The Supreme Court verdict convicting AIADMK general secretary VK Sasikala in a 19-year-old disproportionate assets case, effectively ending her chances of ever taking office as Tamil Nadu chief minister, is a vindication for Governor Vidyasagar Rao.

Throughout the political turmoil, the governor had been targeted for his use of "delaying tactics". There were elaborate conspiracy theories drawn and endless sound bites given on why his office had taken the wait-and-watch approach. With the apex court indicating that it would deliver the verdict within a week, it made little sense for Rao to call Sasikala for swearing-in and usher in a Constitutional crisis should there be an unfavourable verdict (as it turned out to be the case). Considered legal opinion was of the view that he was right in not rushing into a hasty decision. No less than former Attorney-General of India Soli Sorabjee had come out in his favour.

But politics in India is a 24x7 reality show, driven by TV ratings. To the breathless media and its many pundits, the governor's "delay" was a sure sign that somebody was conducting a backroom operation from somewhere, dictating his actions. No evidence was offered for such a conjecture, but what's the point in waiting for facts when journalism can be conducted through speculation?

For all the heat being piled on him, governor Rao showed admirable patience in holding his counsel and not taking a decision that could trigger another crisis in the state later. READ THE FULL ARTICLE HERE

09:39 (ist)

A case of dissenting view: Bachan Singh versus State Of Punjab on 9 May, 1980

An important verdict in which the former Chief Justice of India PN Bhagwati made a dissenting note was the Bachan Singh vs State Of Punjab on 9 May, 1980, which is held up as a significant example in law schools.  While four judges of the bench that heard the case were together in their verdict with their “majority view”, Justice Bhagwati had a “minority view” which was rejected.

This is how Justice Bhagwati’s wrote:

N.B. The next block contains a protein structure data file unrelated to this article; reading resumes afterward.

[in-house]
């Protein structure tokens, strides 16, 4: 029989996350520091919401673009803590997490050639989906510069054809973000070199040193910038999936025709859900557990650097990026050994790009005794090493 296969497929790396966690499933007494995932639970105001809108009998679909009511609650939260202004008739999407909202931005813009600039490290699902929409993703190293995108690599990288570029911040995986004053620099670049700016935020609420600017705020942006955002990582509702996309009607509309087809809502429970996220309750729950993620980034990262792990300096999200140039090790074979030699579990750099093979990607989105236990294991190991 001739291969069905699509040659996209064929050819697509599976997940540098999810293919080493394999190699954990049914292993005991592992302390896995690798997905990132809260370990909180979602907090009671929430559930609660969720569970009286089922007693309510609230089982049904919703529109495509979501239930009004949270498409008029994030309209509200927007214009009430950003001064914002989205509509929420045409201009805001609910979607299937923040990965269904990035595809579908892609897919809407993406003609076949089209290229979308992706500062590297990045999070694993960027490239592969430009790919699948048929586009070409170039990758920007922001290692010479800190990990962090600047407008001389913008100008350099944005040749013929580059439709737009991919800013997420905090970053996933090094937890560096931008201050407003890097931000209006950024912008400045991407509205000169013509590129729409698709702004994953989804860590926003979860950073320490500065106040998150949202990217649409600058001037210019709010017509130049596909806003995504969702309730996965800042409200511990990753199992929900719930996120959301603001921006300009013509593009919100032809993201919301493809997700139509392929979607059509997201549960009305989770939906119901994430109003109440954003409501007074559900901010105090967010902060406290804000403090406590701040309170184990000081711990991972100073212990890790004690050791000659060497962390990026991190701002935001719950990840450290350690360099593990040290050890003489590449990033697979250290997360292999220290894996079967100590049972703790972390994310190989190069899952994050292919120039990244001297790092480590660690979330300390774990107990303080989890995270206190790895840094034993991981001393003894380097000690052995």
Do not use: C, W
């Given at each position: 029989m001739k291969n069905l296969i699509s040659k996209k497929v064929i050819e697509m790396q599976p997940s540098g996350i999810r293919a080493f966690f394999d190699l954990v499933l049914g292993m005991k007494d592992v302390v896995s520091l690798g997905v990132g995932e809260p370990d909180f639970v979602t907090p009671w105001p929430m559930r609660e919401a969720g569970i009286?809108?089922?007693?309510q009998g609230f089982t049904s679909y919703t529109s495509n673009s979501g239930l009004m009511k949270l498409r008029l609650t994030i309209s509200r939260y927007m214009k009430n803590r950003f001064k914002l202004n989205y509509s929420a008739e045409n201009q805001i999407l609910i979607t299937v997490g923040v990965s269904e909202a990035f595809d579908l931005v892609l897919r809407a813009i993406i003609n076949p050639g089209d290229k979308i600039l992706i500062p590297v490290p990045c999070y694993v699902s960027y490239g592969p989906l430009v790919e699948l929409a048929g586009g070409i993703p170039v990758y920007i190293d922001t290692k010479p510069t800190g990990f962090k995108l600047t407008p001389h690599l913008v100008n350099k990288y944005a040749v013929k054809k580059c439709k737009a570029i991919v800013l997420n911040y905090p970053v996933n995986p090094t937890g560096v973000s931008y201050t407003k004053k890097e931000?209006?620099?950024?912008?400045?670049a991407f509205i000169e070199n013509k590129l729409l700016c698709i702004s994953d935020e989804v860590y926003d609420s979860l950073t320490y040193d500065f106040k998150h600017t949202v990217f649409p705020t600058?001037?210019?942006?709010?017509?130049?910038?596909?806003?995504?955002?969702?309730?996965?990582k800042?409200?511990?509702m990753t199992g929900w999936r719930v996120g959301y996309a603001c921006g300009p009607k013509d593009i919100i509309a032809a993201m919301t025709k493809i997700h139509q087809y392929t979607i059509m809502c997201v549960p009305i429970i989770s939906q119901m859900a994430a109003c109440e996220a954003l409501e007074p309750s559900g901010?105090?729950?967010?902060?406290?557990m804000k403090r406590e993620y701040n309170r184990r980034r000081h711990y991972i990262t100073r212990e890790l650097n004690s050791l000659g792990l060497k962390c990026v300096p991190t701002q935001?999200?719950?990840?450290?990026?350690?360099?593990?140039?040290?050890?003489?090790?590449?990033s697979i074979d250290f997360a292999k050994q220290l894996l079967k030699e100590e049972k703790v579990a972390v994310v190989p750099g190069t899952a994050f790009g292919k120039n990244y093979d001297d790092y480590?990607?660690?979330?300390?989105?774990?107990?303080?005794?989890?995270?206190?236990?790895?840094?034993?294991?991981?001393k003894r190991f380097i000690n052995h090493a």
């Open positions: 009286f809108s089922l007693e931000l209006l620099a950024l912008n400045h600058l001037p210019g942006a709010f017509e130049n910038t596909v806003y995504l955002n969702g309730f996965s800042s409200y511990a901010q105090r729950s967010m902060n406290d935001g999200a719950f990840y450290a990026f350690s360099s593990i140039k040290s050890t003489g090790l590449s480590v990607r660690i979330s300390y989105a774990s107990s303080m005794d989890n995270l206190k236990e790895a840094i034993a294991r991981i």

“I have had the advantage of reading the careful judgment prepared by my learned brother Sarkaria. but I find myself unable to agree with the conclusions reached by him. I am of the (view that Section 302 of the Indian |Penal Code in so far as it provides for imposition of death penalty as an alternative to life sentence is ultra vires and void as being violative of Articles 14 and 21 of the Constitution since it does not provide any legislative guidelines as to when life should be permitted to be extinguished by imposition of death sentence. I would therefore strike down Section 302 as unconstitutional and void in so far as it provides for imposition of death penalty as an alternative to imprisonment for life. I shall give my reasons for this view on the day on which the Court reopens after the summer vacation.

And this is how the final order, that referred to the minority view, read: 

“In accordance with the majority opinion the challenge to the constitutionality of Section 302 of the Penal Code in so far as it provides for the death sentence as also the challenge to the constitutionality of Section 354(3) of the CrPC, 1973 fails and is rejected. The Writ Petitions and other connected matters may now be placed for hearing, in the usual course, before the Division Bench for consideration of the individual cases on merits, in the light of the principles enunciated in the majority judgment.”